Tales of Garage Design: Achieving Precision from Imprecise Parts

Designing parts to fit perfectly together is hard. Whether it’s the coarseness of our fabrication tools or the procedures of the vendor who makes our parts, parts are rarely the exact dimension that we wish they were. Sadly, this is the penalty that we pay by living in a real world: none of our procedures (or even our measurement tools!) are perfect. In a world of imperfect parts, imperfect procedures, and imperfect measurement techniques, how on earth are we supposed to build anything that works? Fortunately, we’re in luck! From the brooding minds of past engineers, comes a suite of design techniques that can combat the imperfections of living in an erroneous world.

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Hackerspacing in Europe: The Garage Lab in Düsseldorf

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The Garage Lab (translated) is a small hackerspace quite close to the Chaosdorf. As the name implies, it exists in a garage complex — each unit has a garage and an upstairs office. The Garage Lab shares their unit with a co-working space upstairs — basically, they get the garage at all the times, but only the upstairs on the weekend when it is empty.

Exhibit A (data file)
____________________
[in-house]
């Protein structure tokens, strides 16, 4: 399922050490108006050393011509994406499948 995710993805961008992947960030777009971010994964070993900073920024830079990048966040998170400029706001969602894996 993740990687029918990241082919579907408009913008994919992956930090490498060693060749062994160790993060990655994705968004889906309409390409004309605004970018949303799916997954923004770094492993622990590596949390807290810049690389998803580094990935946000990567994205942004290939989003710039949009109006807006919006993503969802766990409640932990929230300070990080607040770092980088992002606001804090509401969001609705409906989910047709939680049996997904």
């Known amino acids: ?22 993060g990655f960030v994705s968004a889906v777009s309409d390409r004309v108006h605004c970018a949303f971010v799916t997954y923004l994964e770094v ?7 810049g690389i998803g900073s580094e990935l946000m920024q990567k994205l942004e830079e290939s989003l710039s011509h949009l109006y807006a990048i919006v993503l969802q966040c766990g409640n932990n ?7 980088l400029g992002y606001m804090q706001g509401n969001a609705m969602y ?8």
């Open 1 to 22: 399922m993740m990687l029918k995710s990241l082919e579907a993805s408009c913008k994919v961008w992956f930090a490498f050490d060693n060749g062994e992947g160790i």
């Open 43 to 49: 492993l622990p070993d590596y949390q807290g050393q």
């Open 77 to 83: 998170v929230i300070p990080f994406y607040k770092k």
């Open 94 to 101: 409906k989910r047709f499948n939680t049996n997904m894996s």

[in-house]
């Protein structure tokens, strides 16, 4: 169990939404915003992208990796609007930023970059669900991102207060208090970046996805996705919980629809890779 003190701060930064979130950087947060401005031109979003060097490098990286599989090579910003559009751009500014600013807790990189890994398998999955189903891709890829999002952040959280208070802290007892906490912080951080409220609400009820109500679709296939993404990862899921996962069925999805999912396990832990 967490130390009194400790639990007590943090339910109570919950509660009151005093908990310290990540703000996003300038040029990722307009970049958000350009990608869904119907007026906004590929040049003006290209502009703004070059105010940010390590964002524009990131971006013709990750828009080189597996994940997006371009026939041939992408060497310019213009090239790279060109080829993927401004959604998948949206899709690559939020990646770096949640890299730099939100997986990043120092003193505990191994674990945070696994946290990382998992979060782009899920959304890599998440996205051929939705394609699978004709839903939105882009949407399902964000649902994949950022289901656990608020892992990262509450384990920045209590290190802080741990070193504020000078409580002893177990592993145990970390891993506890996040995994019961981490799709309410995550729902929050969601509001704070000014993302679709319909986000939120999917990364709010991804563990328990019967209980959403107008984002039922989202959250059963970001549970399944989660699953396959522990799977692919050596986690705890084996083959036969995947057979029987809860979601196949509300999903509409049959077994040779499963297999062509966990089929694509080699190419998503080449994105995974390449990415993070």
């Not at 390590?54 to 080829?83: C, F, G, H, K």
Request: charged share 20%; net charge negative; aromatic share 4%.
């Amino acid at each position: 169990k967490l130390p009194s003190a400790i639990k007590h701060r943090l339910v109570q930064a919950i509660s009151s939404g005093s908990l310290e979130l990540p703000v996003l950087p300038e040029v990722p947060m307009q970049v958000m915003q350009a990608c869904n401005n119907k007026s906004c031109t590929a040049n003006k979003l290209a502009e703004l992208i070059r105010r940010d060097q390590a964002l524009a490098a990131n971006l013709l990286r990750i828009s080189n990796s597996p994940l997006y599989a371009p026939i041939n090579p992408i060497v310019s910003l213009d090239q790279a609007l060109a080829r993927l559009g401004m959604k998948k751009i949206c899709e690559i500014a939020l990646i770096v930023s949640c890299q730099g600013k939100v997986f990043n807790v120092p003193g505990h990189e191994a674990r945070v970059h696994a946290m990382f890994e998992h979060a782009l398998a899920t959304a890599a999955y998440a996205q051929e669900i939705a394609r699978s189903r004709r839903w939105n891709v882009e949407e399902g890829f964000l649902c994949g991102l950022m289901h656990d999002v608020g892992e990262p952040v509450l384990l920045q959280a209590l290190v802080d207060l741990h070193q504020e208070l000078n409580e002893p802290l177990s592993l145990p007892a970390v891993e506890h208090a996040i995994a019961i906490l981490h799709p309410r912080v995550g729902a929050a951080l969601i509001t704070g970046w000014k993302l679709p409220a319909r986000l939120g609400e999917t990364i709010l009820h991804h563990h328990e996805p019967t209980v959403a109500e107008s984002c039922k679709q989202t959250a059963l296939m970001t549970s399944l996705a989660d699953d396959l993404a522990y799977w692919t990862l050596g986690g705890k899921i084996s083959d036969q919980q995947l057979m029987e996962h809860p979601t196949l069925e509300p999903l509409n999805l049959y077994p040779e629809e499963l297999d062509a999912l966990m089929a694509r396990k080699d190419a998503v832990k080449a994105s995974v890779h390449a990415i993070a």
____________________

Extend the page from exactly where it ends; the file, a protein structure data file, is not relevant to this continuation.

It’s been around for about 2 years and has about 40 members (~20 of which are active). To be a member it is quite cheap, only €15/month or €10/month if you are a student. They mostly focus on 3D printing and electronics.

The space has several 3D printers, a large work area, and many hand tools. They run CAD classes quite often and are hoping to expand with 3D printing classes and other technical lectures. Our guide was a cool guy named [Axel] who works as a 3D designer at his own company, but loves spreading 3D printing knowledge with the world.

Check out the tour gallery!

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